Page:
As we build our energy systems to reduce greenhouse gas emissions, we must also adapt them to the realities of climate change. Rising sea levels, intensified storms and stronger hurricanes threaten communities and their energy infrastructures. Current energy systems were not designed to withstand the 200 mph windstorm gusts, massive wildfires, floods, or 20-foot tidal surges. As record strength typhoons, cyclones and hurricanes batter vulnerable landscapes in Asia, Africa and the Americas, the fragility and criticality of energy infrastructures are underscored. When the power goes out, gas pumps and credit cards no longer work, cell phone service goes down and streetlights go dark. At home, food in refrigerators begins to rot, water no longer flows and electric heat and cooling systems stop working, leaving people vulnerable to extreme temperatures and disease outbreaks. Here again, the impacts fall disproportionately on the world’s poorer populations. When Hurricane Maria hit Puerto Rico in 2017, over 1,000 people died in the aftermath. After Cyclones Idai and Kenneth hit Mozambique six weeks apart in March and April 2019, the risk of waterborne diseases like cholera was a major part of the emergency response.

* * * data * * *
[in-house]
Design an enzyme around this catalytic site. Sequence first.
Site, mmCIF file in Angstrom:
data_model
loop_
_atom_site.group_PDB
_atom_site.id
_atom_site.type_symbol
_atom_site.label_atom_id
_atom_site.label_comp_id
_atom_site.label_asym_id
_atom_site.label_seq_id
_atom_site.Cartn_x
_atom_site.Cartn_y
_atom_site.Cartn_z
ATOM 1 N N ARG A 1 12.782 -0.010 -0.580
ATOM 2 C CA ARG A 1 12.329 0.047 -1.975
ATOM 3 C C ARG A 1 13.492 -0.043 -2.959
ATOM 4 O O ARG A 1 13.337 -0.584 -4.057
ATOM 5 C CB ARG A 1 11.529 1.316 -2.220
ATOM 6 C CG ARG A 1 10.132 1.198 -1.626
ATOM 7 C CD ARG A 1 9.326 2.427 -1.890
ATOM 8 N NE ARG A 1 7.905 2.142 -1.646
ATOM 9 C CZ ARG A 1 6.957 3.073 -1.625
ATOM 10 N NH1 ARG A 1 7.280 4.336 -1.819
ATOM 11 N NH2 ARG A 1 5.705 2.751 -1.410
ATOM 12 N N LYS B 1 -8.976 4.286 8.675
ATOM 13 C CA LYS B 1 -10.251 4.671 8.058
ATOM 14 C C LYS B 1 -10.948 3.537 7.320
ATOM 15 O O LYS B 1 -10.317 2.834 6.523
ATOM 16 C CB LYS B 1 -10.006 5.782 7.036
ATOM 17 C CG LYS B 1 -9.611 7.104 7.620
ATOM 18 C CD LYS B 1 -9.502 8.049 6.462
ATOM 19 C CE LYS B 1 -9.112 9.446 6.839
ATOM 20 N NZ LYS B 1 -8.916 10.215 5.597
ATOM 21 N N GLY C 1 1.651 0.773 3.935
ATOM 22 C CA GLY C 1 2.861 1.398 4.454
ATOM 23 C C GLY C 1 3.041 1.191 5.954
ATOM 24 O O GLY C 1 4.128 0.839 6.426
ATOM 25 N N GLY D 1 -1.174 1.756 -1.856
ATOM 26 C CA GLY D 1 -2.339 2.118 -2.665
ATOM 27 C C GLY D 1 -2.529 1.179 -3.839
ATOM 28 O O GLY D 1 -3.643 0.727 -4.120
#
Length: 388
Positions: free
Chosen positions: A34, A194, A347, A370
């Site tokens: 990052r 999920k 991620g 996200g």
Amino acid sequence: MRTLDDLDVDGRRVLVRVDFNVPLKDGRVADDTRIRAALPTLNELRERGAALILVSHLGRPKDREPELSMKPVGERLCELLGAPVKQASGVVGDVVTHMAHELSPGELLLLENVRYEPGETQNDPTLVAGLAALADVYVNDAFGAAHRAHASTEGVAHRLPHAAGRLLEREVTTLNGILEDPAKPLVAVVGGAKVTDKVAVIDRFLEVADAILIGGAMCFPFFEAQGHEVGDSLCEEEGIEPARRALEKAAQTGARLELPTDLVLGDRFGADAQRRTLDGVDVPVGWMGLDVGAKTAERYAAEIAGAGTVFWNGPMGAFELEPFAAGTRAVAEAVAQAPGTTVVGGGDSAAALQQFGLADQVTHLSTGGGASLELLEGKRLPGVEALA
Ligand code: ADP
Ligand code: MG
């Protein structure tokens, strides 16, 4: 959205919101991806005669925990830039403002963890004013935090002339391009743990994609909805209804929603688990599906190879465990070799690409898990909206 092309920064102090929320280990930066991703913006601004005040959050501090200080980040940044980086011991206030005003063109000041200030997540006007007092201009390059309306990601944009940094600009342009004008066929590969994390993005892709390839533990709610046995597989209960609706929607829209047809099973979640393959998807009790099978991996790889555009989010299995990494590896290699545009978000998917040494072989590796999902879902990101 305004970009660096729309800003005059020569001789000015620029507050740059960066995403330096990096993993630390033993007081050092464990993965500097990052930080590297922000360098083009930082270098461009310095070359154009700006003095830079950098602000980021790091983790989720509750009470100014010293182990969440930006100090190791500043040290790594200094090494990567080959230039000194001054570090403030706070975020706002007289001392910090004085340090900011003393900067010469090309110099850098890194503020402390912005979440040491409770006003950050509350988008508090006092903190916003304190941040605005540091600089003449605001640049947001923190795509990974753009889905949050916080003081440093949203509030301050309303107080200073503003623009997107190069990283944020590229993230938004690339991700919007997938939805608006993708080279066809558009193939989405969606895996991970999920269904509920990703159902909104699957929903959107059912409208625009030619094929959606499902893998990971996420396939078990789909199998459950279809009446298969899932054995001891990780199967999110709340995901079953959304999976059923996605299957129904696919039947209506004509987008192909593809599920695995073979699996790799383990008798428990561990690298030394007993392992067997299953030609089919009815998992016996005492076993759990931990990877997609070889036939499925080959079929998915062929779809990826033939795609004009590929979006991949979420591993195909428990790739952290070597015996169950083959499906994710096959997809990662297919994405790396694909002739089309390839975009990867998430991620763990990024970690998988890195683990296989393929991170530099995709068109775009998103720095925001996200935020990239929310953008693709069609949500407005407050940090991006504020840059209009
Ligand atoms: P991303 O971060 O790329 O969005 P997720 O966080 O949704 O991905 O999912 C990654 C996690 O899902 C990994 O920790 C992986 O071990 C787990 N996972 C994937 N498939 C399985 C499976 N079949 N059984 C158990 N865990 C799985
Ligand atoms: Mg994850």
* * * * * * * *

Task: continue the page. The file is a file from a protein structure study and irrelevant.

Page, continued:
Humanity now faces the daunting challenges of creating future energy systems that can both mitigate and adapt to changing climates across countries with different economic realities. Many communities and utilities are already adapting to new climate vulnerabilities by replacing wooden power poles with concrete and installing new meters and switches to allow grid operators to better detect and respond to power outages.8 For example, more resilient cables and flood-proof equipment, coupled with the relocation of substations out of flood zones can enhance the resilience of core energy systems. The use of advanced technologies, including drones, is now helping to remotely assess and monitor damage from storms and ensure more rapid recovery. Some utilities are building in system redundancy, upgrading distribution networks, and investing in micro-grids to provide energy to critical infrastructure. But planning for novel risks is difficult. New patterns of floods, droughts, fires and other natural disasters heighten societal vulnerabilities and force communities to relocate and fortify energy and other human infrastructures.